The Stay Safe Online Blog
We recently partnered with STOP. THINK. CONNECT. and the MS-ISAC/Center for Internet Security for a Twitter chat about National Cyber Security Awareness Month and tell people how they can get involved. Here's a partial transcript of the chat.
Airports, restaurants, coffee shops, businesses, dentists, libraries and even public parks offer public access to Wi-Fi for free. But surfing unsecured hotspots can open your data pipeline to some very unsavory characters.
We recently partnered with STOP. THINK. CONNECT., StopBadware Executive Director Maxim Weinstein & ESET Security Evangelist Stephen Cobb for Twitter chat about botnets. Here's a transcript of the chat.
Need a funny reminder to help you make your passwords long, strong and unique? This should do the trick.
The sky is the limit and that is what we are aiming for in 2013 for Data Privacy Day.
We partnered with our friends and NCSA Board Member Company EMC/RSA to bring you the Online Identity Risk Calculator. The Online Identity Risk Calculator is game that allows people to find their personal identity risk score and get practical tips on keeping their online identity protected.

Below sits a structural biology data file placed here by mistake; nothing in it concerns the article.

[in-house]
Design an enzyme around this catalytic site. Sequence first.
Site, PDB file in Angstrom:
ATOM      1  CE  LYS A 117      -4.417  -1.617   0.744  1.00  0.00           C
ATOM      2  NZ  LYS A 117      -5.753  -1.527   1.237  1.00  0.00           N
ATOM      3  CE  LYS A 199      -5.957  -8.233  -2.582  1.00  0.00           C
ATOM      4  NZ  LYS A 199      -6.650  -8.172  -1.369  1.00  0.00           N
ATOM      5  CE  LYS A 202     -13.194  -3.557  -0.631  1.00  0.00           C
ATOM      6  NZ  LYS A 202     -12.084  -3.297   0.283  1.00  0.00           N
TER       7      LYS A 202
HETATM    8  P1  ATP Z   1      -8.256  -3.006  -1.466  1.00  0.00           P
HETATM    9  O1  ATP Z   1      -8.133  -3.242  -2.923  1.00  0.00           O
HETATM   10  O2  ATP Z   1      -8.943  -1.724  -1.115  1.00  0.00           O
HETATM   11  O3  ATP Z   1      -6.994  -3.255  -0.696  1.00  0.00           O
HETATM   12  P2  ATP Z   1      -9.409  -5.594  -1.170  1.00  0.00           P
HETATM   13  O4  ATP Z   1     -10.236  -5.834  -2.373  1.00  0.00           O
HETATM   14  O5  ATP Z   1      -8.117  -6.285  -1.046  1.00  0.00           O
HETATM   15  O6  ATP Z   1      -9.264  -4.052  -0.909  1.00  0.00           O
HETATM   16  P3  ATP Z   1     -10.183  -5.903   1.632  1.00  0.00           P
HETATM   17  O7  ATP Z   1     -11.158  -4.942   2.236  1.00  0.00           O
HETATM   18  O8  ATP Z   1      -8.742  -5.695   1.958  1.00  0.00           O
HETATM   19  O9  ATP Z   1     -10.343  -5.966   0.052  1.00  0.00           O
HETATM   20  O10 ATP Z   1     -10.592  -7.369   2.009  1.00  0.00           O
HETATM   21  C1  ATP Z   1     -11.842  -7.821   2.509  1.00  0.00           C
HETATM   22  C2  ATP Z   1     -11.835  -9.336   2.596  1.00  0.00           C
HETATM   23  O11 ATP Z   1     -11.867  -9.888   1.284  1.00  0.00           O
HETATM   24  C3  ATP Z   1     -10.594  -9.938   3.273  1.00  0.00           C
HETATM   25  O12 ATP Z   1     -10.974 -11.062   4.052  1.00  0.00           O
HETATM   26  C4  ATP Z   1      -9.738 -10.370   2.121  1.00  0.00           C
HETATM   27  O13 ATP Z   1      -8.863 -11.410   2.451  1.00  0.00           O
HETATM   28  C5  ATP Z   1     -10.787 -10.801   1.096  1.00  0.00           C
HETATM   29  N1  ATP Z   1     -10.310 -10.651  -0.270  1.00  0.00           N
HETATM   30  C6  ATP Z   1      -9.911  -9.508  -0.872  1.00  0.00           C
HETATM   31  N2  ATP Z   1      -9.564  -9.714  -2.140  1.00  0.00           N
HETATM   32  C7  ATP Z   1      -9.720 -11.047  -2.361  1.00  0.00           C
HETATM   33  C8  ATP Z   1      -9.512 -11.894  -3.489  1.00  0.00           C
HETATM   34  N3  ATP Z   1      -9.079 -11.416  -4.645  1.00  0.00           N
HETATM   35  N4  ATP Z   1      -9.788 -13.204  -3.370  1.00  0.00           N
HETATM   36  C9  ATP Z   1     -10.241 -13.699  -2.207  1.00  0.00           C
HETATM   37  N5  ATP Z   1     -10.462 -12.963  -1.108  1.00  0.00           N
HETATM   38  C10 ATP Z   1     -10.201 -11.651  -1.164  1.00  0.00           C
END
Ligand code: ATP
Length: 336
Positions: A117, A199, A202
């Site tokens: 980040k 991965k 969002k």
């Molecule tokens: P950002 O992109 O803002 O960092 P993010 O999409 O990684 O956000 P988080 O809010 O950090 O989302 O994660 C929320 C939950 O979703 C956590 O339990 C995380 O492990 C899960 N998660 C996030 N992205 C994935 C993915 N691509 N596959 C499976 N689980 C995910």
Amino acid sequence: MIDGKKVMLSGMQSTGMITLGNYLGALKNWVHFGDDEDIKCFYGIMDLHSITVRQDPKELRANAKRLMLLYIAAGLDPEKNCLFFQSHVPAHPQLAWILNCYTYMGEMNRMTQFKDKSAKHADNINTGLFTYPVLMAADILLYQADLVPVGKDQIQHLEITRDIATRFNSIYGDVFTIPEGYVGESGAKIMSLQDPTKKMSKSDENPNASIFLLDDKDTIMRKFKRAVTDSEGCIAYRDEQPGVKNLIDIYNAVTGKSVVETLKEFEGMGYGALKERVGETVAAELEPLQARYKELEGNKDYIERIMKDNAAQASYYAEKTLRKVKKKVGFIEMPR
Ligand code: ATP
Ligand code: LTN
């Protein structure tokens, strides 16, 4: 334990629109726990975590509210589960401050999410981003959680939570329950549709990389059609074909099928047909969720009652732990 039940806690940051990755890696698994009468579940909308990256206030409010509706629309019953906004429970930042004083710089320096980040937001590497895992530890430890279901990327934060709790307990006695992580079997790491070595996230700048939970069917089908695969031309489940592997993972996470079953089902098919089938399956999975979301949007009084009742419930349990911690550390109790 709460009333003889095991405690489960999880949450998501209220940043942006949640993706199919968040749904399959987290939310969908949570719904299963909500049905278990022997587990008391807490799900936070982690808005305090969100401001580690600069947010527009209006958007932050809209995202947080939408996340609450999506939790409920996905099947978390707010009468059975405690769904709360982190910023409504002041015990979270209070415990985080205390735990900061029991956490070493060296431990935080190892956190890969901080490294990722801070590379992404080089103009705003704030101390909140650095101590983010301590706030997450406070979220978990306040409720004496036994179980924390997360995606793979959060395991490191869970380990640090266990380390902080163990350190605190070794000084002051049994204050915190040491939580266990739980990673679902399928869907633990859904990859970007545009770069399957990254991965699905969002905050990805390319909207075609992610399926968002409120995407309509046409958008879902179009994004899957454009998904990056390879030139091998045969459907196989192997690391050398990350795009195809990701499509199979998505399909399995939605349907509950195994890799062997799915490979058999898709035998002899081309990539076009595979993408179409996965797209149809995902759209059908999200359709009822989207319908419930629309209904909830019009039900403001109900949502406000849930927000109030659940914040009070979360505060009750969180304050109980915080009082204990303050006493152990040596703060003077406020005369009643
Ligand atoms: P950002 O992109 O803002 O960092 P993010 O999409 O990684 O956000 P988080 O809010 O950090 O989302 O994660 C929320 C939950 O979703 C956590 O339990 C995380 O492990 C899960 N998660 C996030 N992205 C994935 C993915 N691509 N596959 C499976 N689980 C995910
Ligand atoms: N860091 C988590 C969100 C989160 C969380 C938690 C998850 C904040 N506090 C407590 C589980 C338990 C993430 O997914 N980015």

Cyber Tours engage all segments of the community – from individuals and non-profit organizations to government entities and businesses- in cybersecurity events and activities.
We’re thrilled that Facebook, an NCSA Board member company, is continuing the fight against cyberthreats with its launch of firstname.lastname@example.org -- a new email address for users to report any phishing attempts that use the Facebook name or brand. Whenever users receive a questionable email appearing to be from Facebook, they can quickly take action and notify the social media company.
We recently partnered with STOP. THINK. CONNECT. & Safer Online by Microsoft for a back to school online safety Twitter chat. Here is a partial transcript of the chat.
The 2012 Summer Olympics start this week in London. And while athletes from around the world compete for the gold, scammers may be using the Olympics to win their own medals in cybercrime.
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